Child poverty: One million under-10s 'face desperate Christmas'

By Joe Lepper

| 06 December 2018

One million children aged 10 and under are set to miss out on basics such as warm clothing and fresh food over the coming month and face a "Dickensian" Christmas, a charity has warned.

Action for Children chief executive Julie Bentley said many children in the UK will wake up cold and hungry on Christmas day. Picture: Action for Children Secret Santa campaign

Analysis by Action for Children of Department for Work and Pensions data for 2014/15 to 2016/17 on family income, including material deprivation, which measures access to basic items, found there are one million children under the age of 10 living in families with a household income below 70 per cent of the average income.

The charity also found that there are 300,000 children aged 10 and younger who live in a household with severe low income and material deprivation. These households are defined as having both a low material deprivation score and a household income of less than half of the average income.

In addition, the charity has carried out a survey of 2,000 adults who celebrate Christmas. The survey found that half of parents are cutting back on spending on presents, Christmas dinner and decorations during the festive period. A quarter (25 per cent) said they are getting into debt to pay for Christmas.



Norfolk-based Paul and Donna Maund, who have four children under the age of 10 are among parents that spoke to the charity.

"We're having to use a Christmas tree given to us last year by friends, as well as donated ceiling decorations. It won't be long before we'll have to start using foodbanks as I've noticed prices going up and up," said Donna.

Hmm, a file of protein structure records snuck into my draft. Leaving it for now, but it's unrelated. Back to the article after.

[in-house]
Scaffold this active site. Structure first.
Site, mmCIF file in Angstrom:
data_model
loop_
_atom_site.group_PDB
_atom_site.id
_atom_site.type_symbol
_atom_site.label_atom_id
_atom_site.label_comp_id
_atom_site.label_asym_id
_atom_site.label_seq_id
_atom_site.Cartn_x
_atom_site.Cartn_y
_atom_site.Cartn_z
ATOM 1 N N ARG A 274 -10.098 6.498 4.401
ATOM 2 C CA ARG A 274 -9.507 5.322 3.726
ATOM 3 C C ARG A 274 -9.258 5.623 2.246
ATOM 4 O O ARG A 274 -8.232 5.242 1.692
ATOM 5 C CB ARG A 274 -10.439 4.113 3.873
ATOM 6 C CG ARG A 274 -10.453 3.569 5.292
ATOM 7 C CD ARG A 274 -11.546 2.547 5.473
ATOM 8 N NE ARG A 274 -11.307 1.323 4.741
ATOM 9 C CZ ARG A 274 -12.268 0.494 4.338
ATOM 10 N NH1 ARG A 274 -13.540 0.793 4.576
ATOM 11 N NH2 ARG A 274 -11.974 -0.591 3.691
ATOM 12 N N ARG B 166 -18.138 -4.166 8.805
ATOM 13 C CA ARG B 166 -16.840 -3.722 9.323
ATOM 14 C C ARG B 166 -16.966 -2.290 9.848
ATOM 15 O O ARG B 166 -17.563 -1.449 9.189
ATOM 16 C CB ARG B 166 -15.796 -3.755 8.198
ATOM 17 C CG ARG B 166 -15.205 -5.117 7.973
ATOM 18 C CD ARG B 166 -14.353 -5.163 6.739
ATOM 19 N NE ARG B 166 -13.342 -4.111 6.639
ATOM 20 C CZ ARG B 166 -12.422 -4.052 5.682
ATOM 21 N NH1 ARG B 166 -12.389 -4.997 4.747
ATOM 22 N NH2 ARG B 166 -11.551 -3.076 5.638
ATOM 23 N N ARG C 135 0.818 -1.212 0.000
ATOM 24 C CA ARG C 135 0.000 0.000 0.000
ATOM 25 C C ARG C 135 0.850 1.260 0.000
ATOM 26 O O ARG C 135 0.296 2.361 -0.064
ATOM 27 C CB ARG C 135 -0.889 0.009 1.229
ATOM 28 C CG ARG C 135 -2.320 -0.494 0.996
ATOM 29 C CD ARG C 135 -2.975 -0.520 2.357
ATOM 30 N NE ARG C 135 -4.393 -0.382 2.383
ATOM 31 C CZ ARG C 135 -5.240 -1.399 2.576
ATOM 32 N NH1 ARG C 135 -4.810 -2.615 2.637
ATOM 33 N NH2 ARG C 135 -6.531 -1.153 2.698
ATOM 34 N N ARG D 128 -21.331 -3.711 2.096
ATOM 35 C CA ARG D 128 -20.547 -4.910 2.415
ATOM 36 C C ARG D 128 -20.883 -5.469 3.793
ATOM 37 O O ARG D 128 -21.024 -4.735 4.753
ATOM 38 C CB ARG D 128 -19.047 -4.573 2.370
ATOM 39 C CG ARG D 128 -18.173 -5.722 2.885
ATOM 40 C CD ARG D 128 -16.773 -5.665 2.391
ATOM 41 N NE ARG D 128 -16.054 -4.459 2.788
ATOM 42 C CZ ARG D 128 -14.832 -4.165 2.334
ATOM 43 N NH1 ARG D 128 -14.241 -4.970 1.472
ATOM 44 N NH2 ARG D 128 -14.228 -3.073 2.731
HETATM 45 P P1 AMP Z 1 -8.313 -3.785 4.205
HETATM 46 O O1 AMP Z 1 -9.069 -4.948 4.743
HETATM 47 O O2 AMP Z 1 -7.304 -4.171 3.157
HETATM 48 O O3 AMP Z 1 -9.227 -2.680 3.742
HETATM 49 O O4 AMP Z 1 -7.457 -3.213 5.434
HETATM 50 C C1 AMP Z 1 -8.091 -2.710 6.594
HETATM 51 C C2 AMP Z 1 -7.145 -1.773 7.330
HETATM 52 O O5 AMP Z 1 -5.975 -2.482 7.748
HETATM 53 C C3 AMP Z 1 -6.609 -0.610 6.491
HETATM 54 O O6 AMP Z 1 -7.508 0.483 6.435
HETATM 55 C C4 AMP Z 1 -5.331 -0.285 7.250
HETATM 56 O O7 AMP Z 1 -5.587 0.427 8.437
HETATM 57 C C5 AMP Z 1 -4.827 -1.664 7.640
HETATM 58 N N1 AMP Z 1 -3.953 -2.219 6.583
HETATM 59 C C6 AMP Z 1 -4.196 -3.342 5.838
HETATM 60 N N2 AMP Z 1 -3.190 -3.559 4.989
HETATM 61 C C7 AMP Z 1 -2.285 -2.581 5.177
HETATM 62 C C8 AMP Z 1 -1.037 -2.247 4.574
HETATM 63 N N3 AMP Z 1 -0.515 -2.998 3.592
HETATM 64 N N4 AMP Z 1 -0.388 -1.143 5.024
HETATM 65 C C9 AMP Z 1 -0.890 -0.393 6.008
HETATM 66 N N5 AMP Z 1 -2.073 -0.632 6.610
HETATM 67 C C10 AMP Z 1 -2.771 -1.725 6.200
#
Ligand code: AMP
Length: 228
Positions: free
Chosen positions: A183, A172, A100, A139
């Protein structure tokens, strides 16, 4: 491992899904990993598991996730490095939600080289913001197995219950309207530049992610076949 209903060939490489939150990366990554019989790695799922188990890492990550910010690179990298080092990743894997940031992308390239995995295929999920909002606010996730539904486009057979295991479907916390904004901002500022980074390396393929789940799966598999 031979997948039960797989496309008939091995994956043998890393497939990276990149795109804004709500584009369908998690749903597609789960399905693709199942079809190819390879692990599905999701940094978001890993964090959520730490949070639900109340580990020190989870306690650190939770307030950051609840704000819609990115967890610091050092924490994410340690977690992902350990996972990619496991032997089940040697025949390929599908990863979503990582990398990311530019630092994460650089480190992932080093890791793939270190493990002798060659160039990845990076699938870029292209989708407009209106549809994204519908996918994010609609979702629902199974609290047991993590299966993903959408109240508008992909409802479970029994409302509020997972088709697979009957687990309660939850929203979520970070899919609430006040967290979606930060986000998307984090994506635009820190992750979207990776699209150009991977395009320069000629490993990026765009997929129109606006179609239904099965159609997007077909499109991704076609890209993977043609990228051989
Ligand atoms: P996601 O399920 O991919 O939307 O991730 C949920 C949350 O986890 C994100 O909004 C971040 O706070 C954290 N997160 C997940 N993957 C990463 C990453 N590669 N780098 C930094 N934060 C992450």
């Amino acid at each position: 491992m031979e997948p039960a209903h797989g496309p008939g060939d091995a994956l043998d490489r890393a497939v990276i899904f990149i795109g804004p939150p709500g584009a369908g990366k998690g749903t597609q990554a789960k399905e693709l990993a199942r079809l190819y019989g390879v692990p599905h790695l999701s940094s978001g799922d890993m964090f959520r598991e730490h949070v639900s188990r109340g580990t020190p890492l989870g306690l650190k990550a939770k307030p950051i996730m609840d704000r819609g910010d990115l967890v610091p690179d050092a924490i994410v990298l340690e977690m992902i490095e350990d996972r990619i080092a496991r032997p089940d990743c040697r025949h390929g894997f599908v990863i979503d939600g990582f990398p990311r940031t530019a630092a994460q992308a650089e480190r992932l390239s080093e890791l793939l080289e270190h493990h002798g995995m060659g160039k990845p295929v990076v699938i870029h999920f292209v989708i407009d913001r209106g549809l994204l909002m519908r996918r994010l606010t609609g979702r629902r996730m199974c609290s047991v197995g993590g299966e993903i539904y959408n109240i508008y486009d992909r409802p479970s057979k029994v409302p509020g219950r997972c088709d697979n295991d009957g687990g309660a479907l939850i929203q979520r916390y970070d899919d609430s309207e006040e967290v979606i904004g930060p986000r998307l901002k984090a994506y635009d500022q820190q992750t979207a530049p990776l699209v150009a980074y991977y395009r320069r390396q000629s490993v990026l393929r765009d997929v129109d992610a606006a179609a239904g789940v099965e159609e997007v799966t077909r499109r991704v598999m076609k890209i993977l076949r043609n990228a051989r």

"By finding the bargains at discount supermarkets I've worked hard to get my weekly food bill for the whole family down to £45 but the only way we can afford Christmas dinner and all the treats for the kids this year is by going to my parents. I've been trying to save and find one present a week over the past few months, but it's been hard."


The charity is calling on the government to end a freeze on children's benefits to ensure that more families do not fall into poverty.

It says it has already seen a 30 per cent rise in the number of families seeking financial advice from the charity over the last three years. Action for Children is also preparing to run foodbanks over Christmas to support families.

Action for Children chief executive Julie Bentley said: "Our youngest children should be waking up in a warm bed after a visit from Santa on Christmas morning, but the shocking truth is that in 2018 many will be cold and hungry in the fifth richest country of the world.

"No parent should be forced to face the appalling choice between ‘eating or heating' at Christmas but this is the reality for far too many in the UK today. While the government tells us austerity is at an end, every day at Action for Children, we see first-hand the impossible choices that families living in practically Dickensian levels of poverty have to make."

Meanwhile, the Joseph Rowntree Foundation's annual poverty report released this week shows there are now 4.1 million children living in poverty, up 500,000 in the past five years.

In 2017, a total of 365,000 children were destitute, which is defined as not having access to adequate food, able to stay warm and dry and keep clean.

Other findings are that nearly half (49 per cent) of  children in lone-parent families live in poverty, compared with a quarter (25 per cent) of those living with a couple.

A separate report by children's charity Spurgeon's has found that 12 per cent of all British parents with children aged 18 and under feel "out of their depth".

A survey found parents' main concerns about their children's lives with 43 per cent worried about their children getting into a physically or mentally abusive relationship; over a third (35 per cent) were worried about them self-harming. A further 30 per cent of parents of children aged 18 and under were worried about their children getting involved in gang activity.

A Department for Work and Pensions spokeswoman said: "We want every child to have the very best chances in life. There are now one million fewer people living in absolute poverty since 2010, including 300,000 children.

"With this government's changes there are fewer children in workless households than ever before, boosting their prospects in life. Household incomes have never been higher, income inequality has fallen and taxes are down for families."

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